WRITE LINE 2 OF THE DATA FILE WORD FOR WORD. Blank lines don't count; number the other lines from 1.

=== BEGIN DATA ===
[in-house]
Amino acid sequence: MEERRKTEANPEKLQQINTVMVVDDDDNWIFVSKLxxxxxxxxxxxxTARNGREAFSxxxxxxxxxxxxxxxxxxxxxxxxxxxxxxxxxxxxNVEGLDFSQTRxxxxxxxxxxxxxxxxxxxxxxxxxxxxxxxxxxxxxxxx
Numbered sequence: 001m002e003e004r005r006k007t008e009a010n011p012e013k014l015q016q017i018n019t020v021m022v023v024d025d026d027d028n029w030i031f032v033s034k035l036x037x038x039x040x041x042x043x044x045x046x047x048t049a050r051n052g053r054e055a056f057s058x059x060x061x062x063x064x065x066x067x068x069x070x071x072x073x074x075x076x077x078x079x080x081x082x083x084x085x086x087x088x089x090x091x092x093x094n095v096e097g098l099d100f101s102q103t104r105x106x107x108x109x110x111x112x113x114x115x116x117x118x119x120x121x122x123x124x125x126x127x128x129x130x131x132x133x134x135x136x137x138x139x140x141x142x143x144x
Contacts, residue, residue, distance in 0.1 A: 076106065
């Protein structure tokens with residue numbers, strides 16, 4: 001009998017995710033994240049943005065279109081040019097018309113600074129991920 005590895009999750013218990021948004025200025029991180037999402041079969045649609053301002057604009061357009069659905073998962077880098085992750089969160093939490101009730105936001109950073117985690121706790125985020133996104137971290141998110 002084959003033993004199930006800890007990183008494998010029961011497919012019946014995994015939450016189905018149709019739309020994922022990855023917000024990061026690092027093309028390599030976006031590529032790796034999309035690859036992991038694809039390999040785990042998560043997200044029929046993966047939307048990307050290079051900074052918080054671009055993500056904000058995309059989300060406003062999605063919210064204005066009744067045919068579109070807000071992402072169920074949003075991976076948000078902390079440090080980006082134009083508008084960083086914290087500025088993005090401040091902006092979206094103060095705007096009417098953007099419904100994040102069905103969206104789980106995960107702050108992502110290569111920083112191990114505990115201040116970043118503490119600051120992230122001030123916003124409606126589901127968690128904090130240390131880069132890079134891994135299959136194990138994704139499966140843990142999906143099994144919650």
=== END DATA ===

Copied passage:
Amino acid sequence: MEERRKTEANPEKLQQINTVMVVDDDDNWIFVSKLxxxxxxxxxxxxTARNGREAFSxxxxxxxxxxxxxxxxxxxxxxxxxxxxxxxxxxxxNVEGLDFSQTRxxxxxxxxxxxxxxxxxxxxxxxxxxxxxxxxxxxxxxxx